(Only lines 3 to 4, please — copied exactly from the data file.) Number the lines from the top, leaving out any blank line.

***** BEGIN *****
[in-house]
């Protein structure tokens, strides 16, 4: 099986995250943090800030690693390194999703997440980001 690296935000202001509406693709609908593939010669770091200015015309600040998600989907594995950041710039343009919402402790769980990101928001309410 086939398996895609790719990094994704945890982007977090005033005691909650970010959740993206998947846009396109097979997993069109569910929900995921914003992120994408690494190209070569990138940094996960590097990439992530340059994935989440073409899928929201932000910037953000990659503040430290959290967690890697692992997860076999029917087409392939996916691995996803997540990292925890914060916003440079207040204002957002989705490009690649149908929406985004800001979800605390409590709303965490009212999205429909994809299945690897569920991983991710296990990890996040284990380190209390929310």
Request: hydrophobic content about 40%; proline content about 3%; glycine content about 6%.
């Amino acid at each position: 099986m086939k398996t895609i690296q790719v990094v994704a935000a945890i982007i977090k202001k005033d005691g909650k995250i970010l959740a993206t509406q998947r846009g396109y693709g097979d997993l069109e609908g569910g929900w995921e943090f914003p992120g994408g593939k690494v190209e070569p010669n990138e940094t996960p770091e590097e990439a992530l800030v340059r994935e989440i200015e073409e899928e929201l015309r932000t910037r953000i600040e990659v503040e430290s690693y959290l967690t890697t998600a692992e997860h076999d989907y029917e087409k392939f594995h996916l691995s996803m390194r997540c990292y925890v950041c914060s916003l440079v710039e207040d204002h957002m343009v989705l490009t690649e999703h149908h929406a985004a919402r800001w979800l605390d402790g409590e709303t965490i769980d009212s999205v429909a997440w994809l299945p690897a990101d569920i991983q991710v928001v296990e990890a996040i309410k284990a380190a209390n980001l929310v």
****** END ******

Request: hydrophobic content about 40%; proline content about 3%; glycine content about 6%.
């Amino acid at each position: 099986m086939k398996t895609i690296q790719v990094v994704a935000a945890i982007i977090k202001k005033d005691g909650k995250i970010l959740a993206t509406q998947r846009g396109y693709g097979d997993l069109e609908g569910g929900w995921e943090f914003p992120g994408g593939k690494v190209e070569p010669n990138e940094t996960p770091e590097e990439a992530l800030v340059r994935e989440i200015e073409e899928e929201l015309r932000t910037r953000i600040e990659v503040e430290s690693y959290l967690t890697t998600a692992e997860h076999d989907y029917e087409k392939f594995h996916l691995s996803m390194r997540c990292y925890v950041c914060s916003l440079v710039e207040d204002h957002m343009v989705l490009t690649e999703h149908h929406a985004a919402r800001w979800l605390d402790g409590e709303t965490i769980d009212s999205v429909a997440w994809l299945p690897a990101d569920i991983q991710v928001v296990e990890a996040i309410k284990a380190a209390n980001l929310v």